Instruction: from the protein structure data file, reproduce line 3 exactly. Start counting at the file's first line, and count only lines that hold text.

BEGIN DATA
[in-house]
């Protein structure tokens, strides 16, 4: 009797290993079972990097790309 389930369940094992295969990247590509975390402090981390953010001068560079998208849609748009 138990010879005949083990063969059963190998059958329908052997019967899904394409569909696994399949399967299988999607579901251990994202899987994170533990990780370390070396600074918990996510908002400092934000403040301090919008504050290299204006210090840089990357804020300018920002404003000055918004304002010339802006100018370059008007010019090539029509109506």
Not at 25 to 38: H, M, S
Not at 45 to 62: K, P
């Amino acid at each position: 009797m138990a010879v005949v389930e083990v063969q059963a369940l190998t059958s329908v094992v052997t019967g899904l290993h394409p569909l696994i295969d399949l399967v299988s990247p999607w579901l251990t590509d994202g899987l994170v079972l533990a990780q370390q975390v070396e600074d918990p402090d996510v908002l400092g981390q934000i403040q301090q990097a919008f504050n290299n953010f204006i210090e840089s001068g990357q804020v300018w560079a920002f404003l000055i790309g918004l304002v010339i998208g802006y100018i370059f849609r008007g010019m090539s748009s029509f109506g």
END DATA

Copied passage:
Not at 25 to 38: H, M, S